How militant trade unionism defeated the 1971 Industrial Relations Act

With the Tories bringing in new anti-union legislation in the form the Strikes (Minimum Service Levels) Bill, the 1970s’ struggle against the Industrial Relations Act is rich with lessons. Bill Mullins, a shop steward in the car industry at the time, revisits the events of that period, in an article first published on the 50th anniversary in 2021.

Not since the ‘Great Unrest’ of 1911-14 and the period of strikes following World War One had there been anything like it.

The decade of the 1970s witnessed a wave of strikes averaging ten million days lost in production every year; and the growth of shop-floor organisation, with over 12 million workers in trade unions affiliated to the Trades Union Congress (TUC – the all-Britain union federation), mainly in manufacturing industry but rapidly being replicated in the public sector and white-collar industries as well, particularly among low-paid workers.

All this ferment came to a head during that stormy period of ‘workers’ power’.

The most striking phenomenon, commented on almost every day by the capitalist press, was the existence of the trade union shop stewards movement – with over 350,000 shop stewards, mainly in manufacturing, which included engineering, the car and steel industries, plus the docks, and elsewhere.

These shop stewards were directly elected by workers on the shop floor and generally subject to instant recall if found wanting. In other words, they were answerable to the mass of organised workers and not so much to the union officialdom.

The establishment daily newspapers were foaming at the mouth about how shop stewards were running things on the shop floor and continually calling ‘wildcat’ strikes without the say-so of the union leaders.

For the capitalist press, and the boss class they spoke for, this was an intolerable negation of the ‘managers’ right to manage’ as they put it, and ‘something had to be done about it’.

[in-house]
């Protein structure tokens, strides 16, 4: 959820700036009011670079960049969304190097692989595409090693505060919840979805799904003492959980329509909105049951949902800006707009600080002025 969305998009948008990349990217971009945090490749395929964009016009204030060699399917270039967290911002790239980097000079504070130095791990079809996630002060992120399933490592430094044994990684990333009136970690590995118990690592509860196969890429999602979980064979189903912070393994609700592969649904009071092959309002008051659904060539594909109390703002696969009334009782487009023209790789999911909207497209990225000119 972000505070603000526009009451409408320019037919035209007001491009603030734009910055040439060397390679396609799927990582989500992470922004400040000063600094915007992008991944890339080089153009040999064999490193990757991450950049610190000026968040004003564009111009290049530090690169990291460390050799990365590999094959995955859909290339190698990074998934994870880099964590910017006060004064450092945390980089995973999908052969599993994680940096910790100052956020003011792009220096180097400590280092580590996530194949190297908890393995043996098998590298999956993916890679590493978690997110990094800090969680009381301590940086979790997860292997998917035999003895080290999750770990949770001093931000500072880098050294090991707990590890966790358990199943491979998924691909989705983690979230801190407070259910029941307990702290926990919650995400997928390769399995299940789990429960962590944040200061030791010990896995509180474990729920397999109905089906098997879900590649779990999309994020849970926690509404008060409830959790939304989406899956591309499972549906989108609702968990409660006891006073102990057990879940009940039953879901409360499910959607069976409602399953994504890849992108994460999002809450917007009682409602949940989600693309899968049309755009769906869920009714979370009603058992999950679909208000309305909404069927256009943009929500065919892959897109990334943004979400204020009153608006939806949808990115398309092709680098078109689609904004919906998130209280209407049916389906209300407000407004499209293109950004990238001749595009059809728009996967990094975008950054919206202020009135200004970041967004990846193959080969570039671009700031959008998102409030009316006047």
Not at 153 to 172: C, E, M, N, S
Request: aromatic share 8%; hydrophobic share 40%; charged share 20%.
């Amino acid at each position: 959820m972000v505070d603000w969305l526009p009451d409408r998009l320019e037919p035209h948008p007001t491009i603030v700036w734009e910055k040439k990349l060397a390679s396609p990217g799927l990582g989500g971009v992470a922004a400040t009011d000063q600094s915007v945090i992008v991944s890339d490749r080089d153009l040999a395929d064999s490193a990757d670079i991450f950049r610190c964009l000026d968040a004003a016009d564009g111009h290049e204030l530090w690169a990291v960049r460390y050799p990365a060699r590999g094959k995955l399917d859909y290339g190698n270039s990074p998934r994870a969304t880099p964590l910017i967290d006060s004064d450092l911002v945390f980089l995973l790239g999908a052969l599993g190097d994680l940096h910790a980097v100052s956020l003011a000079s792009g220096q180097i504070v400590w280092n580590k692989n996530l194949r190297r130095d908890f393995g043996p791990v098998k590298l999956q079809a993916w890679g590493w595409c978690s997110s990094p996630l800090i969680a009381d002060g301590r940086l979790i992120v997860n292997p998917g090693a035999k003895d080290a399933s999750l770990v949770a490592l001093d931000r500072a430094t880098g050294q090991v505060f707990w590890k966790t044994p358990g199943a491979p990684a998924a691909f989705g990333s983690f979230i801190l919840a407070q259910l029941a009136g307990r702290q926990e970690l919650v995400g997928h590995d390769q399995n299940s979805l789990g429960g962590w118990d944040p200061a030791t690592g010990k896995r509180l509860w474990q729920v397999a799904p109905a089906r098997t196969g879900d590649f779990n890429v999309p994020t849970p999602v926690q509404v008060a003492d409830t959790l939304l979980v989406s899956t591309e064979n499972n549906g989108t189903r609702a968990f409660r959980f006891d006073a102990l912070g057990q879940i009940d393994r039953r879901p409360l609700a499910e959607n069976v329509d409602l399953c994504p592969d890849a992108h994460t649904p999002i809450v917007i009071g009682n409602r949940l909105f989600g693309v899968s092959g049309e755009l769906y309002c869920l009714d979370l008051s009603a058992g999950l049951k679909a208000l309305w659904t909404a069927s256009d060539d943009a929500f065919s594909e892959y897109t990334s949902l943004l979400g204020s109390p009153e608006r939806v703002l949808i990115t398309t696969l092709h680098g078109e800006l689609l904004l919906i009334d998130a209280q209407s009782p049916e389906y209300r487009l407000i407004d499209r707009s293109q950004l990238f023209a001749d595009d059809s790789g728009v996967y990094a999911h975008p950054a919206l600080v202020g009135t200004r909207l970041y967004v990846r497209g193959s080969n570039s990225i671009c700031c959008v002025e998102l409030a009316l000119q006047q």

The UK ruling class was desperate to make the economy competitive with its foreign rivals, but since the capitalists had refused to reinvest sufficiently the enormous profits they had made from empire and the sweat of the British working class, they only had one option: that was to super-exploit the labour of the working class in the factories and industry in general. But to do that they had to remove their greatest obstacle, the power of the organised workers on the shop floor manifested in the power of the shop stewards.

This was not the same as saying the national unions were not strong; they were numerically. But, dialectically, real union power resided not so much at the unions’ tops, but in the accumulated experience and tight-knit organisation which existed on the shopfloor. In the better organised workplaces this allowed the working class to act with independence and confidence when it came to repelling the boss’s orders.

Not for nothing did Trotsky in an earlier period comment that the trade unions, particularly in Britain, were “the schools of a future socialist society and how it would be organised”.

Yet hardly any union rule book mentioned what a shop steward was. The Transport and General Workers Union (TGWU) referred to a steward as someone who collected union dues and nothing else.

It was the 1968 Labour government of prime minister Harold Wilson which made the first attempt to curb this shop-floor power. But he had to rapidly retreat from his misnamed ‘In Place of Strife’ legislation.

Wilson’s government, acting as the ‘second eleven’ of the capitalist class (it included future left-winger Tony Benn in the cabinet, who initially supported In Place of Strife) tried to use its influence over the trade union leaders to support its anti-working-class law.

There is no doubt that if it had been up to the overwhelming majority of the national trade union leaders, they would have gone along with Wilson’s proposals – which contained the threat to imprison shop stewards if they disobeyed the instructions of the union leaders.

Wilson had based his legislation on the Donovan Commission’s ‘investigation into industrial relations’, which Wilson himself had set up not long after he won his second successive election in 1966.

Political left

The political left at the time was of course aware of these developments, but the main political left party (albeit relatively small) in industry was the Communist Party of Great Britain (CPGB) with its daily paper the Morning Star.

The CPGB was able to play an important role in politically arming the most class-conscious militants in the shop stewards’ committees at the time. They did this through a front organisation called the Liaison Committee for the Defence of Trade Unions (LCDTU).